Below article from morgenweb 19/12/2008 translated by google :
Bremer monkey experiments may initially go

Bremen (AP) - The controversial monkey experiments at the University of Bremen may initially be continued. This was decided by the Administrative Bremen on Friday (Az 5 V 3719/08).

The Institute for Brain Research, the experiments continue, but initially only until the Bremen government on a contradiction of the university decides. The SPD-led health department had a request for the continuation of attempts previously rejected.

With some hours of experiments on the macaques monkeys scientists explore the function of the brain. The basic aim of treating severe brain damage. Animal protectors see the trials as cruelty. The Administrative Court said that it was necessary to "further clarify the facts. Following that were difficult and have not been conclusively settled legal questions. When the dispute is about the question of which law prevails, the fundamental right to freedom of research or the constitutionally guaranteed welfare. The tests run since 1998.

"This is a stage victory, but the core issue has yet been decided," said a spokesman for the university. "It is now once again an intense confrontation with the subject."

In the health department would be not a stage victory for the university to speak and looks after the decision a "completely open process." The authority now wants an opinion the burden for the animals in experiments examined. "We have very specifically examine whether the animals suffer," said a spokeswoman of the health department. When in opposition to the researchers decided, was still unclear. "We see that we quickly and efficiently resolved."

In the experiments, the primates a hole drilled in the skull, through the tests at the electrodes in their brains will be shelved. At their head is with cement holder fastened with which the animals can be fixed. At the end of their animal life, they are killed so their brains can be investigated. According to the research director Andreas Kreiter is the burden on the animals' objectively relatively low."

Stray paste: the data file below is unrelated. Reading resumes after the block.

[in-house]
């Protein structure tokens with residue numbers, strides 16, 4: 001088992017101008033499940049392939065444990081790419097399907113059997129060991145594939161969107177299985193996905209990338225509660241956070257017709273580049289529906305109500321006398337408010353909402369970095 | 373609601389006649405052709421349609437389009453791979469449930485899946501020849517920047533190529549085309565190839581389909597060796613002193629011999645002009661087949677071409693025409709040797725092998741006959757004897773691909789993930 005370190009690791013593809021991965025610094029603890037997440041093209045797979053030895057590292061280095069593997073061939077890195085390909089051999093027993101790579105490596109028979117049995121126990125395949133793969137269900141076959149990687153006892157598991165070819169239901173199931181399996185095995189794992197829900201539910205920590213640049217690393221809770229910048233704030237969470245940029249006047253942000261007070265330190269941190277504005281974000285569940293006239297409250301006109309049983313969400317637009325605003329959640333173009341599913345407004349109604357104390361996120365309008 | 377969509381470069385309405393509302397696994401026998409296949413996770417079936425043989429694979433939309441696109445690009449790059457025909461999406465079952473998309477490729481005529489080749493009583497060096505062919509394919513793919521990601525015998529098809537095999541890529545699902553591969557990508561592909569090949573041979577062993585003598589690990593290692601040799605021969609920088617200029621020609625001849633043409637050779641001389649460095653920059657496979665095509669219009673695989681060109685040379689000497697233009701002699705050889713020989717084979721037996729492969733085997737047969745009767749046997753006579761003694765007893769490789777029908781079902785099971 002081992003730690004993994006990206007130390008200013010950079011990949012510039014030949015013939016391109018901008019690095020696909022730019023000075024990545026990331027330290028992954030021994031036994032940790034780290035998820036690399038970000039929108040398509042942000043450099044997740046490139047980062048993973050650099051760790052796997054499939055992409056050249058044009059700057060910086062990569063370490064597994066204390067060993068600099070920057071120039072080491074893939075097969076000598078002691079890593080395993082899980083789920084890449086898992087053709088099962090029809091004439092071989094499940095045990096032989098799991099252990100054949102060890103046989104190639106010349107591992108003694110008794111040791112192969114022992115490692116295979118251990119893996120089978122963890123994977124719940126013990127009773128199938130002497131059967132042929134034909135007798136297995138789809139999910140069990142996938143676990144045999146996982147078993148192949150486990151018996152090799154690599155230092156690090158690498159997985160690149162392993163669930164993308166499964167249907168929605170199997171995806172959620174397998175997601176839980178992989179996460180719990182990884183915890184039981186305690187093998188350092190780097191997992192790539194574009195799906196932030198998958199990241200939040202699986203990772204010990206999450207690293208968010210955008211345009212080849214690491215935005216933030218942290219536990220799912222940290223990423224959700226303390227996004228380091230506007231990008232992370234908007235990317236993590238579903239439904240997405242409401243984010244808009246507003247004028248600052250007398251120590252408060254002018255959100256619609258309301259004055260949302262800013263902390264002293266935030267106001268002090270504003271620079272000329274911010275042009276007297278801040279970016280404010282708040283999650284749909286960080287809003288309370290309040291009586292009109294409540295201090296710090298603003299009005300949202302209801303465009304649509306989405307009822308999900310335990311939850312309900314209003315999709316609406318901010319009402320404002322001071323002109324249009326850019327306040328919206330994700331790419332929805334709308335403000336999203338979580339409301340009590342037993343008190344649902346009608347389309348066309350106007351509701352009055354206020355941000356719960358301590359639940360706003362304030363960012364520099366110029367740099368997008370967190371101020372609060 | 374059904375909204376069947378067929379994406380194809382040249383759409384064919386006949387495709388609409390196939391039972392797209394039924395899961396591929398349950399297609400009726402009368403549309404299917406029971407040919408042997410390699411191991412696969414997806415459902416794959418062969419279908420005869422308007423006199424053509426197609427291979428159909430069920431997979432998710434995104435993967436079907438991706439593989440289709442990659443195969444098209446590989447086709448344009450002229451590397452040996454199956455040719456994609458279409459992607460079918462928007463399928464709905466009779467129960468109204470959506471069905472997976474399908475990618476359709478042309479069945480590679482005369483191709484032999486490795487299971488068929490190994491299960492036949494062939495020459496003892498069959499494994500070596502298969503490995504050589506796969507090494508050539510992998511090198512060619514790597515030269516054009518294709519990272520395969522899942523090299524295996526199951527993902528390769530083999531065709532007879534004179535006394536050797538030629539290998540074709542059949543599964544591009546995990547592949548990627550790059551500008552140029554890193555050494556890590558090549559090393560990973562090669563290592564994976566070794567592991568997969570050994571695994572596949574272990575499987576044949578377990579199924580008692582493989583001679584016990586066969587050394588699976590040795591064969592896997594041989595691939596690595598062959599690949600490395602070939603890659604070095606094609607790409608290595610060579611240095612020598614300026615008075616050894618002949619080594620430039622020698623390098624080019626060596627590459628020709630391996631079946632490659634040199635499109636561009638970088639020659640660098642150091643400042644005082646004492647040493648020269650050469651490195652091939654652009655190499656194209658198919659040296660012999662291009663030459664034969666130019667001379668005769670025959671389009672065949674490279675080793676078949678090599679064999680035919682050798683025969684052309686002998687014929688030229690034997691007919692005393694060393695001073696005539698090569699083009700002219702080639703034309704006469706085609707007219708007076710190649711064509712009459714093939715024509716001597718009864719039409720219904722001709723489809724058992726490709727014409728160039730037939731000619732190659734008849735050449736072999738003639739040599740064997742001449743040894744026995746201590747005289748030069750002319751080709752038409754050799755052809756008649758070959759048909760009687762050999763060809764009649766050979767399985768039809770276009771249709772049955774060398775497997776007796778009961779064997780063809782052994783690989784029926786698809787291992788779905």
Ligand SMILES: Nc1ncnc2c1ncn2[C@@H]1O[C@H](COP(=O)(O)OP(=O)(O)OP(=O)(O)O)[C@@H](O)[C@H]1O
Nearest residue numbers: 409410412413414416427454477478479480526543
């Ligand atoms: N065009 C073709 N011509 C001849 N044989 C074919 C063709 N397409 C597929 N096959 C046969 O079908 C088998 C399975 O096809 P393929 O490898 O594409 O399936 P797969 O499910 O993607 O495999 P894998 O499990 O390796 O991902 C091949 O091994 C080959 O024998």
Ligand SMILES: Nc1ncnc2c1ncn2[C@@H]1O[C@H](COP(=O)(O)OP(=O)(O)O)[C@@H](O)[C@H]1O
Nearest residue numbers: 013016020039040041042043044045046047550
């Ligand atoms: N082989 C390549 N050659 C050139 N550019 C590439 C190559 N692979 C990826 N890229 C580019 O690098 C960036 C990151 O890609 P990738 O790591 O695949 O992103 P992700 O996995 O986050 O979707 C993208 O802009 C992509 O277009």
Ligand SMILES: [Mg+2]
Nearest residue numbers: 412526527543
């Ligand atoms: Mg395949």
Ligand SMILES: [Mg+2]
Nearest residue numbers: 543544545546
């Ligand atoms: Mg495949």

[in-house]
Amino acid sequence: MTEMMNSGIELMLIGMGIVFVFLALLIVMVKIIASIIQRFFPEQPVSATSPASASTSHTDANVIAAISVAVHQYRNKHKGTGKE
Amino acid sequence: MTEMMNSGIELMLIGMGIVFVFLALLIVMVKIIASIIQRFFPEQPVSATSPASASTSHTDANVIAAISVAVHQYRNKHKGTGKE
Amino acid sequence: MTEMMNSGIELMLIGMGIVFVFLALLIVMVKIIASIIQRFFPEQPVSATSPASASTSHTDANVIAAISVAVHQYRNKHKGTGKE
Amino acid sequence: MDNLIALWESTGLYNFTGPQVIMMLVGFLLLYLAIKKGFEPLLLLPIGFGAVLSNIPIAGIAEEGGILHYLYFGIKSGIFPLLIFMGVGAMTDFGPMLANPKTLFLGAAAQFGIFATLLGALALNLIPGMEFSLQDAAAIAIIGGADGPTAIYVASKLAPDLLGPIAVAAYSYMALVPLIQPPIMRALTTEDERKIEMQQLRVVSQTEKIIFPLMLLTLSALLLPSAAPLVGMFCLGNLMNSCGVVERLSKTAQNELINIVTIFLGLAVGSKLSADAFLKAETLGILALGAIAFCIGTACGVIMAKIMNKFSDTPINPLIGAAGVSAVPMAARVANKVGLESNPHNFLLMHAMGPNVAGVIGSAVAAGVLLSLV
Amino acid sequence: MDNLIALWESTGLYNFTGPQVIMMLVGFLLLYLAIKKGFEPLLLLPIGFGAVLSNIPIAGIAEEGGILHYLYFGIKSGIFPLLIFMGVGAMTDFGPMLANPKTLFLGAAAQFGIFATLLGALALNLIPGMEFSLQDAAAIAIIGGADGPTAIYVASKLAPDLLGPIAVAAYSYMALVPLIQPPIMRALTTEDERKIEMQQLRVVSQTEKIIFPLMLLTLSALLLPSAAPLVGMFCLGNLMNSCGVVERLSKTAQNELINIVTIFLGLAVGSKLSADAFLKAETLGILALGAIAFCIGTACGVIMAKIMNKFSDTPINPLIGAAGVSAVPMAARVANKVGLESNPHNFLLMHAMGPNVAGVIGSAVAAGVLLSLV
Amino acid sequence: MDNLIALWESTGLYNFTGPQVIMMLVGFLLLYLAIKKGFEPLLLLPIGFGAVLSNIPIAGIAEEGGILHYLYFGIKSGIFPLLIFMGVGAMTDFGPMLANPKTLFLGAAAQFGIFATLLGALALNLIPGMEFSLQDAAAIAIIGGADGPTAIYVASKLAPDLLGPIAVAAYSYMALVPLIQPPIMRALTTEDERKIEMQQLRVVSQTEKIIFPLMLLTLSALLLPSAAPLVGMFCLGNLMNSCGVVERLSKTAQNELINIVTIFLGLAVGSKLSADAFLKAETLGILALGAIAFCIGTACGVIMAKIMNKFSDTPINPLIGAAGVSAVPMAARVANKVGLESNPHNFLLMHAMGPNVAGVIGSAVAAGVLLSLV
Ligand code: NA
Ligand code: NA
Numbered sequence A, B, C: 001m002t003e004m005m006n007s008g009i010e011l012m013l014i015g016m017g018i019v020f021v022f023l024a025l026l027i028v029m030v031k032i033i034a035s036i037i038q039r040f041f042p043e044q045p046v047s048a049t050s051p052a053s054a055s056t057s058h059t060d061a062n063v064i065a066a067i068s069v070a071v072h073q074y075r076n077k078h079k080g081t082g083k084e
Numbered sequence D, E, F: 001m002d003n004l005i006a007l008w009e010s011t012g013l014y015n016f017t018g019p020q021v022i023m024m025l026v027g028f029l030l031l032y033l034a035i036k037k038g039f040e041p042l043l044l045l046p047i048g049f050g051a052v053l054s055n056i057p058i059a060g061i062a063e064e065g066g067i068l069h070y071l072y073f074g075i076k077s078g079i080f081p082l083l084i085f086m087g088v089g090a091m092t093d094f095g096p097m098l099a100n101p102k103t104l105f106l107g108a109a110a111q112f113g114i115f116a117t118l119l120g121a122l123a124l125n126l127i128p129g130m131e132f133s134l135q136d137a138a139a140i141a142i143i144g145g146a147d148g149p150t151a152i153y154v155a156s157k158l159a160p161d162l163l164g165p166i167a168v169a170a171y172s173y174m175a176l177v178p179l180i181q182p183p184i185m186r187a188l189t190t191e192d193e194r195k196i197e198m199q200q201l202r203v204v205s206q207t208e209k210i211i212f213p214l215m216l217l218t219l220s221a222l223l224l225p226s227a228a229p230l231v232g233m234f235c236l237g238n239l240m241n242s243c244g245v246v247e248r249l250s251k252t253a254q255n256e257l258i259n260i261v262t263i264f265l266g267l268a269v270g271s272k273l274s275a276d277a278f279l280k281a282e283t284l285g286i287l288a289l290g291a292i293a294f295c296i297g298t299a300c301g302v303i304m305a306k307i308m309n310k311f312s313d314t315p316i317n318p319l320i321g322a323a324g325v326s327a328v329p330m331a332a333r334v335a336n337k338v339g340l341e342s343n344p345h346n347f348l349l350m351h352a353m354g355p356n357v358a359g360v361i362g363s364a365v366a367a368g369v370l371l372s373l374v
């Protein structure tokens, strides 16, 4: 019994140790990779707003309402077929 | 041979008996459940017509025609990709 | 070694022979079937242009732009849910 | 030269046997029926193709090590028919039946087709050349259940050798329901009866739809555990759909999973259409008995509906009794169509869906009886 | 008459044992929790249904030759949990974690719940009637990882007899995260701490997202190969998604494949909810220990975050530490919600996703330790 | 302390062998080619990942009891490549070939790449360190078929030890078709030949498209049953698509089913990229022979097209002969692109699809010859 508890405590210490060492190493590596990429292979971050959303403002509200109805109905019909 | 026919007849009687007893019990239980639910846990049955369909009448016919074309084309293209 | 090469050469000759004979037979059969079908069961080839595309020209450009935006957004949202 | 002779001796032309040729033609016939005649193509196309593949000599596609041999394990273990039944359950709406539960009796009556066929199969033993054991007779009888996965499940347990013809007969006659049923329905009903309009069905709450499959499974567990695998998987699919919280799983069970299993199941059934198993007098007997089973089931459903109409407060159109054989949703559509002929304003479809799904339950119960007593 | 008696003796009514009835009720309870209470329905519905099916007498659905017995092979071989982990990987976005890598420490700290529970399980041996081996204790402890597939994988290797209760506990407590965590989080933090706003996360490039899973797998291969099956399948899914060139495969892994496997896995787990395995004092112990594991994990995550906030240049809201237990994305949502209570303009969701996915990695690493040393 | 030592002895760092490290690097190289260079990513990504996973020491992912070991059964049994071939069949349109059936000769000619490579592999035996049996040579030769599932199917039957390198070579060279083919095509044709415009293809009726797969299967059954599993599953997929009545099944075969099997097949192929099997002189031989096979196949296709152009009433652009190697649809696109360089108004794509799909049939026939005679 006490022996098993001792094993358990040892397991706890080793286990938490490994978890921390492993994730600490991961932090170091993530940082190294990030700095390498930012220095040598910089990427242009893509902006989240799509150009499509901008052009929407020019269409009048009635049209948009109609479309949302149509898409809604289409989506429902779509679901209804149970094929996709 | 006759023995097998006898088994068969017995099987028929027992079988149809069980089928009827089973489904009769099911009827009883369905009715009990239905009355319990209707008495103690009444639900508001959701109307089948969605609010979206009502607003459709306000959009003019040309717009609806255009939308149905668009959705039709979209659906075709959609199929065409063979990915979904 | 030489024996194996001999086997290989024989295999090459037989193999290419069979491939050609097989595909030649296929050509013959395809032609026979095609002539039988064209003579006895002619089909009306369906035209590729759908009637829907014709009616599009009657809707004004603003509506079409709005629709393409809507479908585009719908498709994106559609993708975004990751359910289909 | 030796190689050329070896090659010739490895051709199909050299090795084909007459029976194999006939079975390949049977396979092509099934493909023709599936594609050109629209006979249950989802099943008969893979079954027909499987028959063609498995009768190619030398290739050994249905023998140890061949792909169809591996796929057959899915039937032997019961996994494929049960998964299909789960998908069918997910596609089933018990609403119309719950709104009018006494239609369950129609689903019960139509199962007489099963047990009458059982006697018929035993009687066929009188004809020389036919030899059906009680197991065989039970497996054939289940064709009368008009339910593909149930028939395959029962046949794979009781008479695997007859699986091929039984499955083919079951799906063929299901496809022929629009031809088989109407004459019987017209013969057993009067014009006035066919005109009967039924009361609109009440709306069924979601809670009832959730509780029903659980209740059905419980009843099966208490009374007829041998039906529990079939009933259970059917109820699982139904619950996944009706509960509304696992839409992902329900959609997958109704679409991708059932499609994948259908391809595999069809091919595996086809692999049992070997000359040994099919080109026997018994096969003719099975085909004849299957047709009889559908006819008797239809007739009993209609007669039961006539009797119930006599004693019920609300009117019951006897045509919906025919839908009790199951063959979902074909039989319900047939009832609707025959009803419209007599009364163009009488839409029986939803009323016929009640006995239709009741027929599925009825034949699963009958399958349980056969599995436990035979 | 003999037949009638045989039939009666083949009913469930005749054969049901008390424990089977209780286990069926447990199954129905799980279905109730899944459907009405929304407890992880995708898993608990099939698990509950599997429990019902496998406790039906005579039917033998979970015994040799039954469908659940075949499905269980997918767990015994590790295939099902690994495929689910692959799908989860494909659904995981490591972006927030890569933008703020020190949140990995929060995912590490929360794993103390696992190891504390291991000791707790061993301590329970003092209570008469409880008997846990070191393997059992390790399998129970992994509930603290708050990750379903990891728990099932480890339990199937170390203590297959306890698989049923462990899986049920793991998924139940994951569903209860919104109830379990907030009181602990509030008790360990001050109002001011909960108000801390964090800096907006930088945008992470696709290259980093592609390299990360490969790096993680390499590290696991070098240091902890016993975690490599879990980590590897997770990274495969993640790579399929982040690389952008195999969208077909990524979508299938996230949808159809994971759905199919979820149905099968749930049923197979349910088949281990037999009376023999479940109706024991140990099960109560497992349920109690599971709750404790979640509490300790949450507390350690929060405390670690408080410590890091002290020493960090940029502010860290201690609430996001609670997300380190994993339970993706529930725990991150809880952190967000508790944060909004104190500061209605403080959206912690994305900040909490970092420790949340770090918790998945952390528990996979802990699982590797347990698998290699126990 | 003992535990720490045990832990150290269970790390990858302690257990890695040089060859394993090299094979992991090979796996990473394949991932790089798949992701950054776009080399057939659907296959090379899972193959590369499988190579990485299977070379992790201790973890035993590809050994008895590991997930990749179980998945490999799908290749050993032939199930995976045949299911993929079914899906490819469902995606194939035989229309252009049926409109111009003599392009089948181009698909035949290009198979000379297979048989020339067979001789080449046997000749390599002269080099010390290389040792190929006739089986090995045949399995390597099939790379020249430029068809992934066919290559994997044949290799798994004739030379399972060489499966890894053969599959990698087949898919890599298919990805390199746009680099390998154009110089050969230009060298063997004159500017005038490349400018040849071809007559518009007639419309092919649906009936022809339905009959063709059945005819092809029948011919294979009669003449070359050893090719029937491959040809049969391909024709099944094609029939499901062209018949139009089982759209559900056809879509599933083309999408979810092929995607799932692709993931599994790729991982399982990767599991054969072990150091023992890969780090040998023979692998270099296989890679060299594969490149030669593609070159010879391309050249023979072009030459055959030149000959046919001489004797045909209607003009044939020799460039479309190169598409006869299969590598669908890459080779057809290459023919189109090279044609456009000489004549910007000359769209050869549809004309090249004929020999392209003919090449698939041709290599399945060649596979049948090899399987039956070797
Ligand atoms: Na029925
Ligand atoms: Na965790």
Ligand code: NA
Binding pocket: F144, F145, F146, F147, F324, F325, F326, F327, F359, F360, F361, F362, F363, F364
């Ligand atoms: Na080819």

The Federation for Human Rights assessed the animal only temporary permission as part of success. "We are relieved that the court Kreiter monkey experiments only for a short time allowed", said the association chairman Kurt Simons with. The President of the German Animal Welfare, Wolfgang Apel, stated: "It is highly regrettable that the suffering of the monkeys at the University of Bremen now but still has no end."

19th December 2008

original article in german:

any news/info about the case will be appreciated

please remember about the petition:

Stop Animal Testing and Abuse in DPZ- German Primate Cente

Animal Experiments at Dartmouth College

Read the article: Animal Experiments at Dartmouth College

Dartmouth College
Hanover, NH 03755 USA
(603) 646-1110 (voice)


Dartmouth College Animal Use Policy :